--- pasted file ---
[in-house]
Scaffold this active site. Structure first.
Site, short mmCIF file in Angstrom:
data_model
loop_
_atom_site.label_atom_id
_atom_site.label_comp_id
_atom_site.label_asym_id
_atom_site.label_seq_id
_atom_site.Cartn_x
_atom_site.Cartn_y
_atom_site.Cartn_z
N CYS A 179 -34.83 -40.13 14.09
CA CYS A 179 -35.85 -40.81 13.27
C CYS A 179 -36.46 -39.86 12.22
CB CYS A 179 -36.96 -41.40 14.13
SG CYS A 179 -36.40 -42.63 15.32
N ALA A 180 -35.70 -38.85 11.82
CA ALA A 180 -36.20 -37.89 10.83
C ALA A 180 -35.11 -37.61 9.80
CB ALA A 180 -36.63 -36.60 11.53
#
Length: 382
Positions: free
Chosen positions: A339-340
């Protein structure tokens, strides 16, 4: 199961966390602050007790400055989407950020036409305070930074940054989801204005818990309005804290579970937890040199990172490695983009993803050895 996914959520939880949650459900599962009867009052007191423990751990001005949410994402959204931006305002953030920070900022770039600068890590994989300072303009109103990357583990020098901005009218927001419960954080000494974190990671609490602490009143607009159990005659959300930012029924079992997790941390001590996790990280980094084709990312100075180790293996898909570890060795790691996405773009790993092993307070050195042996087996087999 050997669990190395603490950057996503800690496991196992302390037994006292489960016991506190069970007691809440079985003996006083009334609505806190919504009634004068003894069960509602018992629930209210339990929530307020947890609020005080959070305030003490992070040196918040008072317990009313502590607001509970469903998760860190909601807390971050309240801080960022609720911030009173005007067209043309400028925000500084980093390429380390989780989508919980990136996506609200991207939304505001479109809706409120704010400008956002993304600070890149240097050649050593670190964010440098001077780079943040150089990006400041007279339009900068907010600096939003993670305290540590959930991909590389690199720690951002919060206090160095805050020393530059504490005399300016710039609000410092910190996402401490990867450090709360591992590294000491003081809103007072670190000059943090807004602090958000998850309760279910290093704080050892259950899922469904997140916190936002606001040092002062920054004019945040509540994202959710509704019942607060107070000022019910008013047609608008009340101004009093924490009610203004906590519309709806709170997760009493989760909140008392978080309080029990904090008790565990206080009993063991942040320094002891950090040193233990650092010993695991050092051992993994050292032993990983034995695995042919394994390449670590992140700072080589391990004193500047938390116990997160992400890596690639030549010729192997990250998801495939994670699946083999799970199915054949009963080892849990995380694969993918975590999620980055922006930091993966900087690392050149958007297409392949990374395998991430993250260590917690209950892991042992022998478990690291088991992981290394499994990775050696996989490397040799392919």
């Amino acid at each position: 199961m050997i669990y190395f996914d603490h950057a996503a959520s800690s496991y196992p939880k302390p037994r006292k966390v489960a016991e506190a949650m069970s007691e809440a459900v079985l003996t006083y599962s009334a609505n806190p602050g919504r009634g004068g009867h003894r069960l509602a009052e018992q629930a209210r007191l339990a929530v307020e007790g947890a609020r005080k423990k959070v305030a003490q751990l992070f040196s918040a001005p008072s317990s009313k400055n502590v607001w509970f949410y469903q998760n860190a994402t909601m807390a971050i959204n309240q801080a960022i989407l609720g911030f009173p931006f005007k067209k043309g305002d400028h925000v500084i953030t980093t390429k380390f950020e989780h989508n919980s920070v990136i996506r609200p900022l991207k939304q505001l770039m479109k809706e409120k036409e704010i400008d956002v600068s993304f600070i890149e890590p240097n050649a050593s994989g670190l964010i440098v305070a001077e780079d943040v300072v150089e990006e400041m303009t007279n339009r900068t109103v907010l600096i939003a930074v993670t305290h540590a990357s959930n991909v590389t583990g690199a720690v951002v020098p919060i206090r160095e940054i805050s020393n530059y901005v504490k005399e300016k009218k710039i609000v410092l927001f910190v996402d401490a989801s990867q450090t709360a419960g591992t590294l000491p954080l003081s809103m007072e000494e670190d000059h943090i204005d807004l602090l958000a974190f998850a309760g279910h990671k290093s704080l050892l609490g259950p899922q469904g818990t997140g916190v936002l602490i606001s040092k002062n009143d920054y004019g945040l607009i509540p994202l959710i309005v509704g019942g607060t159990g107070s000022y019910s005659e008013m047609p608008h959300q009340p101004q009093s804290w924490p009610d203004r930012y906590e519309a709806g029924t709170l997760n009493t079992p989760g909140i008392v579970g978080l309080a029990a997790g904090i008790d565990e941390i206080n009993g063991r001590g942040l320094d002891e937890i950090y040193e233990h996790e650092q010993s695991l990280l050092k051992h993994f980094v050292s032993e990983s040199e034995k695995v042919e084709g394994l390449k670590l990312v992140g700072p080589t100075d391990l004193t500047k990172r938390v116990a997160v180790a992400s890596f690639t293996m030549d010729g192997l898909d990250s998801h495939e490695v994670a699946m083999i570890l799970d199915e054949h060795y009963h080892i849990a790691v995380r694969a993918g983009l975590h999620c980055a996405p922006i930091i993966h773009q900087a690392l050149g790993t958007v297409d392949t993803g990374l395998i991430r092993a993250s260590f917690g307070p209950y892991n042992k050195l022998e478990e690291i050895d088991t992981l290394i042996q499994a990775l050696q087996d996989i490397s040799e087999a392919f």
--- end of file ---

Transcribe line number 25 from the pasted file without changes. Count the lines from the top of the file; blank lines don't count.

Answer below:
Chosen positions: A339-340